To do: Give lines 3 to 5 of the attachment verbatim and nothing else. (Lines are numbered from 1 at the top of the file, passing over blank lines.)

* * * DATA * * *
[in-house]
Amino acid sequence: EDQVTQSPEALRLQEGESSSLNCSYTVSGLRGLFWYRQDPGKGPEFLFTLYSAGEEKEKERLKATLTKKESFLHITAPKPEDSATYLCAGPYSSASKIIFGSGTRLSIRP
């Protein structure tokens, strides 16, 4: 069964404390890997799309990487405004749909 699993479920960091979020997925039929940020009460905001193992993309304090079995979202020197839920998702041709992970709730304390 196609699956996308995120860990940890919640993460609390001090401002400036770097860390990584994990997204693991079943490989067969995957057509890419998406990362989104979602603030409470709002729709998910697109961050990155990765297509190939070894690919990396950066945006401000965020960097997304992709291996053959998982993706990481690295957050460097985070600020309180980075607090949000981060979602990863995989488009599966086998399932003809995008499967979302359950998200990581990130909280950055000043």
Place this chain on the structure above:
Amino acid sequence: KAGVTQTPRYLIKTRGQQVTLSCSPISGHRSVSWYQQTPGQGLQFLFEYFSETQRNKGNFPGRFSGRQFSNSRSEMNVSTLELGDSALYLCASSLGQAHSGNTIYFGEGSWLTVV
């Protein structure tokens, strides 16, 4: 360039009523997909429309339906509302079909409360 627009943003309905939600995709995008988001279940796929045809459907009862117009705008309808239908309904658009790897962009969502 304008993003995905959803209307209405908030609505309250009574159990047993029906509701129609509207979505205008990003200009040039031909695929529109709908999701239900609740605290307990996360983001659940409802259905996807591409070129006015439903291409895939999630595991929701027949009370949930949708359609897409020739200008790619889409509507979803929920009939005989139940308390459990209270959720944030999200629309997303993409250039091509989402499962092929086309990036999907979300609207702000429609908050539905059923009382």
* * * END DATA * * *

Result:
């Protein structure tokens, strides 16, 4: 069964404390890997799309990487405004749909 699993479920960091979020997925039929940020009460905001193992993309304090079995979202020197839920998702041709992970709730304390 196609699956996308995120860990940890919640993460609390001090401002400036770097860390990584994990997204693991079943490989067969995957057509890419998406990362989104979602603030409470709002729709998910697109961050990155990765297509190939070894690919990396950066945006401000965020960097997304992709291996053959998982993706990481690295957050460097985070600020309180980075607090949000981060979602990863995989488009599966086998399932003809995008499967979302359950998200990581990130909280950055000043």
Place this chain on the structure above:
Amino acid sequence: KAGVTQTPRYLIKTRGQQVTLSCSPISGHRSVSWYQQTPGQGLQFLFEYFSETQRNKGNFPGRFSGRQFSNSRSEMNVSTLELGDSALYLCASSLGQAHSGNTIYFGEGSWLTVV